Our Galaxy, the Milky Way, is a benchmark for understanding disk galaxies. It is the only galaxy whose formation history can be studied using the full distribution of stars from faint dwarfs to supergiants. The oldest components provide us with unique insight into how galaxies form and evolve over billions of years. The Galaxy is a luminous (L⋆) barred spiral with a central box/peanut bulge, a dominant disk, and a diffuse stellar halo. Based on global properties, it falls in the sparsely populated “green valley” region of the galaxy color-magnitude diagram. Here we review the key integrated, structural and kinematic parameters of the Galaxy, and point to uncertainties as well as directions for future progress. Galactic studies will continue to play a fundamental role far into the future because there are measurements that can only be made in the near field and much of contemporary astrophysics depends on such observations.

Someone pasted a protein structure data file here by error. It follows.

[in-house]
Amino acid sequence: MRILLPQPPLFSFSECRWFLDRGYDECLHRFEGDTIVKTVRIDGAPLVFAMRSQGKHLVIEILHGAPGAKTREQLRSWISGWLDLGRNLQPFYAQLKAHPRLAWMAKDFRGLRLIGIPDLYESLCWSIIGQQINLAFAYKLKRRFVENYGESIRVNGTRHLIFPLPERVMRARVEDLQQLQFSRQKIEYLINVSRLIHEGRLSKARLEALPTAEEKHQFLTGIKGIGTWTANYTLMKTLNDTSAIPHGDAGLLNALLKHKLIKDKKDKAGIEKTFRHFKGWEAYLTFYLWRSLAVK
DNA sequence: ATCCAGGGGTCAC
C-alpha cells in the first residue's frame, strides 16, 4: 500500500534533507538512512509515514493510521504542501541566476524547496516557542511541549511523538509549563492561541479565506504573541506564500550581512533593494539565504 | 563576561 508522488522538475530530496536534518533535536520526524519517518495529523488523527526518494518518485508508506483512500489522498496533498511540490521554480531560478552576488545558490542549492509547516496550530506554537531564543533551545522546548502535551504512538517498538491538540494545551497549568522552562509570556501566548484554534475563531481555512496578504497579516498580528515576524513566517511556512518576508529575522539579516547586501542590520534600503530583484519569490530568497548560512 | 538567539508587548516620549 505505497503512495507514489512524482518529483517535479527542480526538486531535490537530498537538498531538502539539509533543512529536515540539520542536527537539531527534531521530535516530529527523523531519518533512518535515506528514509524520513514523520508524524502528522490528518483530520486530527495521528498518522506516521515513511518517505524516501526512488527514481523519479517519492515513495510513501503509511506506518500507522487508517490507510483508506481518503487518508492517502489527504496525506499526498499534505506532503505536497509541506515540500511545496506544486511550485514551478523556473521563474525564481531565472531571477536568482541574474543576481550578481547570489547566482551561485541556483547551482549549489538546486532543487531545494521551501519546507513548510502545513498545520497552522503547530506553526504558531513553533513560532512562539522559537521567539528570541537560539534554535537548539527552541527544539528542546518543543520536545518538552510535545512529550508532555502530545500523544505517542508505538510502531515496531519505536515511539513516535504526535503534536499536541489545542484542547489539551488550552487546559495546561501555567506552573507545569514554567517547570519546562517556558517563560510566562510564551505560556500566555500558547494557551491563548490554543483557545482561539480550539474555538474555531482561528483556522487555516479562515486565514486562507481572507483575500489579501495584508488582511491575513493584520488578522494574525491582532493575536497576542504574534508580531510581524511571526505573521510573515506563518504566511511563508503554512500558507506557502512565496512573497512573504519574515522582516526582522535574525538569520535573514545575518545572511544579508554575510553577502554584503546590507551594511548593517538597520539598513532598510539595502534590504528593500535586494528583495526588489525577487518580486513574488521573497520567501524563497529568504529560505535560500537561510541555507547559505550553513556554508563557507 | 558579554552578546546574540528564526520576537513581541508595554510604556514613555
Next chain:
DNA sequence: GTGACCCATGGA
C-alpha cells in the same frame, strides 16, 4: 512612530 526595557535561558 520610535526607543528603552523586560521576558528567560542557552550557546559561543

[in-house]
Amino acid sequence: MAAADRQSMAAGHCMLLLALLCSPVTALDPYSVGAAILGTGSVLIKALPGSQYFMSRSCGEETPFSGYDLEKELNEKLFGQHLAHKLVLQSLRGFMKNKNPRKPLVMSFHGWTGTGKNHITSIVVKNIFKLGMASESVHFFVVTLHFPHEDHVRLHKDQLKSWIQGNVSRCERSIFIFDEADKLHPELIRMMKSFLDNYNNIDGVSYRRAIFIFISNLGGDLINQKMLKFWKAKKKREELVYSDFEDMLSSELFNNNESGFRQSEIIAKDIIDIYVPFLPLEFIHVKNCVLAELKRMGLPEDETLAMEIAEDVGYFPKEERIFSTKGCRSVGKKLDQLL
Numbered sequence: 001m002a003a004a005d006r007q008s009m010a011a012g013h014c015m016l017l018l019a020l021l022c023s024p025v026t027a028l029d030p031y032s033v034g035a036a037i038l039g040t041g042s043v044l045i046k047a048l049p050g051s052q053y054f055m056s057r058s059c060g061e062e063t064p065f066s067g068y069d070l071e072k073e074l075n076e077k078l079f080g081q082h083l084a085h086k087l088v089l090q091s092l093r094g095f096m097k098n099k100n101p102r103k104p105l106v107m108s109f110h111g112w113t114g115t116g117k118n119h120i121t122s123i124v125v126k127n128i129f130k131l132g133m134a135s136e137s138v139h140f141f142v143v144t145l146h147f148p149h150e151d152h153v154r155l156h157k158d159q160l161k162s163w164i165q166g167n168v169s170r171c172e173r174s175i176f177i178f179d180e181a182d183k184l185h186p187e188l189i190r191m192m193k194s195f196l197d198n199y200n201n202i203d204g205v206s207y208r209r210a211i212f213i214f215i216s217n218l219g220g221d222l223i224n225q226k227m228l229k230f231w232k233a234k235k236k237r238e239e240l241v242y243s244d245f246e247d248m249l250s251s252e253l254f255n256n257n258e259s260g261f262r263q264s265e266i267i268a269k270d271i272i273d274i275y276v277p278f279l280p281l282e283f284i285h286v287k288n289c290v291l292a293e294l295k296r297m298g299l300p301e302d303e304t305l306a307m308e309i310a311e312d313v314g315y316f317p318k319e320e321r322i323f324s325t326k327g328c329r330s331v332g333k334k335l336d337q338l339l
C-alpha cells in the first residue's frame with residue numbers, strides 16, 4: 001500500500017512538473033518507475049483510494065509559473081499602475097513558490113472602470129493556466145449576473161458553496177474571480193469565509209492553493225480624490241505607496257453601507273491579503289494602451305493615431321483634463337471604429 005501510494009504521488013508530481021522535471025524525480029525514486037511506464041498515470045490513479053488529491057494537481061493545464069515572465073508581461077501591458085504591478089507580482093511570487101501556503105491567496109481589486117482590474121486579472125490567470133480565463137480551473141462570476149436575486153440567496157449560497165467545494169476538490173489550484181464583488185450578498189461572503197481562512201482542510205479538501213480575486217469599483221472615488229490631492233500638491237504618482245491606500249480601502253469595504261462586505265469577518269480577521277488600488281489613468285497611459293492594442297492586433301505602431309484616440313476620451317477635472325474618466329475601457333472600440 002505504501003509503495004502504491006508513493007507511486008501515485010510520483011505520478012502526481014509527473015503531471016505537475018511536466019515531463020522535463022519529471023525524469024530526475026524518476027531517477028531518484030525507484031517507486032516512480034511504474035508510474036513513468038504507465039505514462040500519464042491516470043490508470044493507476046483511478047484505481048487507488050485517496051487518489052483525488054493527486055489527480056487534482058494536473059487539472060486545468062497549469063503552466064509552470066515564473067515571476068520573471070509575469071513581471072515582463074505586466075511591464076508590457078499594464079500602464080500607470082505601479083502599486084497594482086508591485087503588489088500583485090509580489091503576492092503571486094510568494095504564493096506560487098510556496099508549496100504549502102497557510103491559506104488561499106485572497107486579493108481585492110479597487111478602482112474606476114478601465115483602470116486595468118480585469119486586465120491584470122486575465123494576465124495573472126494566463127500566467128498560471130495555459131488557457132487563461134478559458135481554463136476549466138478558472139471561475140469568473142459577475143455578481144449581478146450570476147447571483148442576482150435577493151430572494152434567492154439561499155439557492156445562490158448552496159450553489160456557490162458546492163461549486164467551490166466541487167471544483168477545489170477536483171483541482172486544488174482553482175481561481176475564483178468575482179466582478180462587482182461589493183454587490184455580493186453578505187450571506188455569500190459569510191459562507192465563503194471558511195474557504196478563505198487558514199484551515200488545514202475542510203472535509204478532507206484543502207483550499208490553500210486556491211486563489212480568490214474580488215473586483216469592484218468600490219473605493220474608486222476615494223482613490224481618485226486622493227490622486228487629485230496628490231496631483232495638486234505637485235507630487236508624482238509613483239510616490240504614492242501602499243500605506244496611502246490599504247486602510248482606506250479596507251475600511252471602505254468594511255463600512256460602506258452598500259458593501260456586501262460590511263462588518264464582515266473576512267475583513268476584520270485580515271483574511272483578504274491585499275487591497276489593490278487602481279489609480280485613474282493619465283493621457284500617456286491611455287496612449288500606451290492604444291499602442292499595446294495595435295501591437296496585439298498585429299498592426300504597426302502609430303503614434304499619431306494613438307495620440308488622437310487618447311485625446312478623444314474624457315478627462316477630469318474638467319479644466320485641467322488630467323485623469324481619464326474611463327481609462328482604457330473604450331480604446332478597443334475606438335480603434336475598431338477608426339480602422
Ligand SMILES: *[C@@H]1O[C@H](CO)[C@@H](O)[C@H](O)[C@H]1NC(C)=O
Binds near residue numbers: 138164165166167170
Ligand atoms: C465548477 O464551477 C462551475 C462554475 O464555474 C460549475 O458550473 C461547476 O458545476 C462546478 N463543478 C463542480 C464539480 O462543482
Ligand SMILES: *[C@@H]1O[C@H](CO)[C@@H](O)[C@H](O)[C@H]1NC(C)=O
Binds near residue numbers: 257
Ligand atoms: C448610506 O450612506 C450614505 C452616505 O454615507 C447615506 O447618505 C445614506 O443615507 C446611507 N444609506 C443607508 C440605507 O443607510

Annual Review of Astronomy and Astrophysics
- Pub Date:
- September 2016
- Astrophysics - Astrophysics of Galaxies
- 69 pages, 18 figures, LaTeX. See http://www.physics.usyd.edu.au/~jbh/S/ARAA_2016.pdf for published version